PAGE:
For the rest of the war the French Army gave little attention to aeromedicalevacuation; they had too many casualties and too few aircraft to be concernedwith it. But one French military surgeon, Dr. Eugene Chassaing, managedto keep the idea alive. When he first asked for money to build air ambulances,one officer responded, "Are there not enough dead in France todaywithout killing the wounded in airplanes?" Despite such criticism,Chassaing acquired an old Dorland A.R. II fighter and designed a side openingthat allowed two stretchers to be carried in the empty space of the fuselagebehind the pilot. After several test flights of the craft, he was permittedto place six such aircraft into operation. In April 1918 two of these planeshelped in the evacuations from Flanders, but the fighting grew so intensethere that French higher authorities would not sanction continued use ofthe planes. Late in 1918 Dr. Chassaing received permission to convert sixty-fourairplanes in Morocco into air ambulances, and all were used in that countryin France's war against Riffian and Berber tribesmen in the Atlas mountains.The French experimented with air ambulances throughout the interwar period.

By the end of World War I the U.S. Army had also begun to reexamineits position on air ambulances. In 1920 the Army built and flew its firstaircraft designed as an air ambulance, the DeHavilland DH-4A, which hadspace for a pilot, two litter patients, and a medical attendant. In 1924the Army let its first contracts for air ambulances,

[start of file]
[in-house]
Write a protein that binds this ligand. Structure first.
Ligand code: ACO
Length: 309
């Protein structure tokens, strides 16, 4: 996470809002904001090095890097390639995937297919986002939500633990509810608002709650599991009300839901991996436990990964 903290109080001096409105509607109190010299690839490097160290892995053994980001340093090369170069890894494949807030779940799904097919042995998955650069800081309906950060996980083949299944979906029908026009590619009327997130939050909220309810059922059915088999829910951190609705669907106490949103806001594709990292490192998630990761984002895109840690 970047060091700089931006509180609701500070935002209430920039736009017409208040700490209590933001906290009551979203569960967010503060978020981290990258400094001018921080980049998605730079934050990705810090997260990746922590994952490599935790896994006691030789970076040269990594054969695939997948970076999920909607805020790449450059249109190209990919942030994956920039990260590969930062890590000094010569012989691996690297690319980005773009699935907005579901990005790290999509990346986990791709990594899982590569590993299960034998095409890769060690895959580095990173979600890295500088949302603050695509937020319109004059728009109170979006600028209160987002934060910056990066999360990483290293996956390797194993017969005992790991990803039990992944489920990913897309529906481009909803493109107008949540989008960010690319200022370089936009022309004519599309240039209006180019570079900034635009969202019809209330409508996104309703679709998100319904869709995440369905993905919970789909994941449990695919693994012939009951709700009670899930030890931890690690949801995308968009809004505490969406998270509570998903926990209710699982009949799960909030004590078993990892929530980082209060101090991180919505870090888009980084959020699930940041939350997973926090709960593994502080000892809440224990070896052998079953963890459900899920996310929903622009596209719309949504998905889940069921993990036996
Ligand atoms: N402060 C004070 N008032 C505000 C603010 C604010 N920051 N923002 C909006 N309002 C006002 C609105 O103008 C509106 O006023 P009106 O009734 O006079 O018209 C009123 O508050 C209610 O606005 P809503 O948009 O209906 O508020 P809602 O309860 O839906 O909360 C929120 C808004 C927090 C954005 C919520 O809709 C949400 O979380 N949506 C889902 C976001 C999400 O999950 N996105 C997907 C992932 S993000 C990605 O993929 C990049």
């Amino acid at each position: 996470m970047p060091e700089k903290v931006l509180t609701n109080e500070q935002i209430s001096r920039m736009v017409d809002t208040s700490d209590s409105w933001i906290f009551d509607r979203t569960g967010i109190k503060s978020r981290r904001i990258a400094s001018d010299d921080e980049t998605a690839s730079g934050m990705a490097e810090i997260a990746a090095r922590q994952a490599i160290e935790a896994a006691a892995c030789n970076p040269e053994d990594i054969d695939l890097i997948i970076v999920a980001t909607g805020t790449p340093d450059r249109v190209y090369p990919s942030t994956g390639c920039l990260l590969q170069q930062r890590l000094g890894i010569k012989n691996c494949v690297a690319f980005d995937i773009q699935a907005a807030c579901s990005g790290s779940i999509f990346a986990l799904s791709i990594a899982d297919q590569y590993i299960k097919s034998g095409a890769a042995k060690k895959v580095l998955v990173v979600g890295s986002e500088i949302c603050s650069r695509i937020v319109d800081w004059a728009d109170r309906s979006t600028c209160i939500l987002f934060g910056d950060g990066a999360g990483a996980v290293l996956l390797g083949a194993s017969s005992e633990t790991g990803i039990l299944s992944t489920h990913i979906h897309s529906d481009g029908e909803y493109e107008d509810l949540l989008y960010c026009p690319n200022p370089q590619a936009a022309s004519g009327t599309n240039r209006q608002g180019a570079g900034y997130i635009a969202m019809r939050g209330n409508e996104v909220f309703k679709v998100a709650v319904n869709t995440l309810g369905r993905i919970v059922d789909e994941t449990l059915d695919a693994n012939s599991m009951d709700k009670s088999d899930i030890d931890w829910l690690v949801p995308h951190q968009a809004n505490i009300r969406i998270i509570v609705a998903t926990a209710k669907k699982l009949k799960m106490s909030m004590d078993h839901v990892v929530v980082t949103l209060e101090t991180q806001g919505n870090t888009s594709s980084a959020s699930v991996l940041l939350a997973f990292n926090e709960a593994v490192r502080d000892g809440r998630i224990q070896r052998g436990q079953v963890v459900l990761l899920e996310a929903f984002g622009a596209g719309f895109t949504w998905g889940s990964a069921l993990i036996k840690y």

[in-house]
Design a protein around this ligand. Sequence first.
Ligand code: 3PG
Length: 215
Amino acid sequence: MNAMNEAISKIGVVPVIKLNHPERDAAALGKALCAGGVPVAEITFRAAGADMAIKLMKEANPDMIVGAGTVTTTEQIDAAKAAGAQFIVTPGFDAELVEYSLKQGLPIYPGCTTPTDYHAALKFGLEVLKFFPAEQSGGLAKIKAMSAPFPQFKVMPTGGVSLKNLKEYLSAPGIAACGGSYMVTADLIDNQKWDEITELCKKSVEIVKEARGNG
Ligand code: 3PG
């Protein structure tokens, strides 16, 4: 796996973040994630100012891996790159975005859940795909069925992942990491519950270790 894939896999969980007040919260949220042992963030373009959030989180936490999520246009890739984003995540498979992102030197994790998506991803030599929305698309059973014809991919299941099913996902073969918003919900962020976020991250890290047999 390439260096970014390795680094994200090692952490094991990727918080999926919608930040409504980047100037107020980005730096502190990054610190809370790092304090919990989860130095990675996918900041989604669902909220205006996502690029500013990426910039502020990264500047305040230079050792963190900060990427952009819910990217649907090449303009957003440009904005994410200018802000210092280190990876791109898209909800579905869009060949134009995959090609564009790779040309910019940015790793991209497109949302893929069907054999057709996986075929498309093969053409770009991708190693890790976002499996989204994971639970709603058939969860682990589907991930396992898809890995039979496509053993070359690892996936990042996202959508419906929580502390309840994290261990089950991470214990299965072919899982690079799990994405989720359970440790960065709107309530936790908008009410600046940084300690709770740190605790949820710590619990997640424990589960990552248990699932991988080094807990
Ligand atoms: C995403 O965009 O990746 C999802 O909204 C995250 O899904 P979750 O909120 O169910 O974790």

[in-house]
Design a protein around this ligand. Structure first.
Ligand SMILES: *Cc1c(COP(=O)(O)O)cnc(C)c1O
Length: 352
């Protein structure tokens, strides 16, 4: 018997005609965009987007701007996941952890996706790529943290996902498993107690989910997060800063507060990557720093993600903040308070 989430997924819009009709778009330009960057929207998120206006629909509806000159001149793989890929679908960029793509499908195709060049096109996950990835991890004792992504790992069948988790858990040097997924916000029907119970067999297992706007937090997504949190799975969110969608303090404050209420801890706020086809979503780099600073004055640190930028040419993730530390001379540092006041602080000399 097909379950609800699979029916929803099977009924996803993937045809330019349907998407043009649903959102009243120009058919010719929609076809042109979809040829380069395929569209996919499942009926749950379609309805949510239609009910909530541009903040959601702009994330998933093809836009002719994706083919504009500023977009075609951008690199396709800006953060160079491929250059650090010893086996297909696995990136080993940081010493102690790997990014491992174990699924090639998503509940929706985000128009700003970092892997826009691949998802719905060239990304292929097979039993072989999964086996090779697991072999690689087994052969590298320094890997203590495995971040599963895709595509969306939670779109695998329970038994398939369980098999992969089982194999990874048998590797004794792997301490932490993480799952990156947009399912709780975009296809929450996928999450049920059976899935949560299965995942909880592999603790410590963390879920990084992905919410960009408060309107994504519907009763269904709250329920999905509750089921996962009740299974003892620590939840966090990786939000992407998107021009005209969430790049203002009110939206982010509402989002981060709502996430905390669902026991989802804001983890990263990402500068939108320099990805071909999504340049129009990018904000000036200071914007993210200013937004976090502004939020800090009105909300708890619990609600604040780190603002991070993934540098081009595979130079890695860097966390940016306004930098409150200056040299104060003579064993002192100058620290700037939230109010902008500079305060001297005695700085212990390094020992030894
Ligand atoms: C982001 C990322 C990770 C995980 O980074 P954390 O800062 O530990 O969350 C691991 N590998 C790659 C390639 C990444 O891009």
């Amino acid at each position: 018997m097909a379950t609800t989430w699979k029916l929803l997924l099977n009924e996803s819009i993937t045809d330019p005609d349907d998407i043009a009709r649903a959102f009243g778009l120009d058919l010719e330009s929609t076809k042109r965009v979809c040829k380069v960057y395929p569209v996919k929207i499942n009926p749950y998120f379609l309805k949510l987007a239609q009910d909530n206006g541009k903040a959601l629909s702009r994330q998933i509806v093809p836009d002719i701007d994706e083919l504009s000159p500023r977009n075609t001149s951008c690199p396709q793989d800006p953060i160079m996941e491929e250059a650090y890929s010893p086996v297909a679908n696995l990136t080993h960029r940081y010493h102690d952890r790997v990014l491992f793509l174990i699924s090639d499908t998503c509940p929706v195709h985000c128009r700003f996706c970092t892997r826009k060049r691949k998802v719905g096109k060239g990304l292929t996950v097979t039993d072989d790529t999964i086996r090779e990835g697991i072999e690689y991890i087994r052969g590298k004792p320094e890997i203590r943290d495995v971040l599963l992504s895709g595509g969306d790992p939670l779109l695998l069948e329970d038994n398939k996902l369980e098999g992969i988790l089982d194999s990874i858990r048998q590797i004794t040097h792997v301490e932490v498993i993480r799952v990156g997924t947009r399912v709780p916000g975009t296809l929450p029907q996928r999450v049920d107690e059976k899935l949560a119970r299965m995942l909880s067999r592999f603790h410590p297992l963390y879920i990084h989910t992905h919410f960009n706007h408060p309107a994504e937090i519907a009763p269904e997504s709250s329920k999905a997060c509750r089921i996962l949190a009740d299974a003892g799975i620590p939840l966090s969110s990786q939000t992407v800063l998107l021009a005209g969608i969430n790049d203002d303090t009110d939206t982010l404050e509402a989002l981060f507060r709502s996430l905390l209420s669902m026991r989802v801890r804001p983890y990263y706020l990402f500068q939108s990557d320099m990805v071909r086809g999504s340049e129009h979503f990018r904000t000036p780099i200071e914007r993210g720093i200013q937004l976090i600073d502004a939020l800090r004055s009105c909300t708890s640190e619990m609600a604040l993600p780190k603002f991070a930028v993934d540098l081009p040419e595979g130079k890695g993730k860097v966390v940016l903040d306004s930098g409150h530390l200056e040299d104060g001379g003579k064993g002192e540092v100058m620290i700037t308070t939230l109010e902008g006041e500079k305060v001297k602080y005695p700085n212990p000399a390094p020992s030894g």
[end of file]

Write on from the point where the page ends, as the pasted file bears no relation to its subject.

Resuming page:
and in the next few years it occasionally used its air ambulances toprovide disaster relief to the civilian community. In April 1927, aftera tornado struck the small town of Rocksprings, Texas, the Army sent eighteenDH-4 observation planes, two Douglass transports, and a Cox-Klemin XA-1air ambulance. These planes flew in physicians and supplies to treat 200injured citizens, some of whom the Cox-Klemin then flew out to more sophisticatedmedical care in San Antonio.

The decade after the war also saw the development of rotary-wing aircraft.In December 1928 the United States received from France its first sampleof a rotary-wing aircraft-the autogiro, which used one motor-driven propellerfor forward motion and another wind-driven propeller for vertical lift.By 1933 one U.S. manufacturer had designed an autogiro ambulance to carrya pilot and three patients, two recumbent in wire basket (Stokes) litters,and one sitting. In the December 1933 issue of the Military Surgeon,Lt. Col. G. P. Lawrence foresaw the military uses of this air ambulance.Since the autogiro could not hover, rough terrain, forests, and swampswould still require ground evacuation of casualties. But autogiros workingfrom nearby landing areas could backhaul the casualties to medical stations.The advantages seemed indisputable:

Autogiros, not being limited by roads, would find morefrequent opportunities to open advanced landing posts than would motorambulances. They could maneuver and dodge behind cover so as to make hitsby enemy artillery quite improbable. At night they could potter aroundin the dark, undisturbed by aimed enemy fire, until they accurately locatedthe landing place, outlined by ordinary electric flash lights in the handsof the collecting company, and then land so gently that the exact estimationof altitude would be immaterial.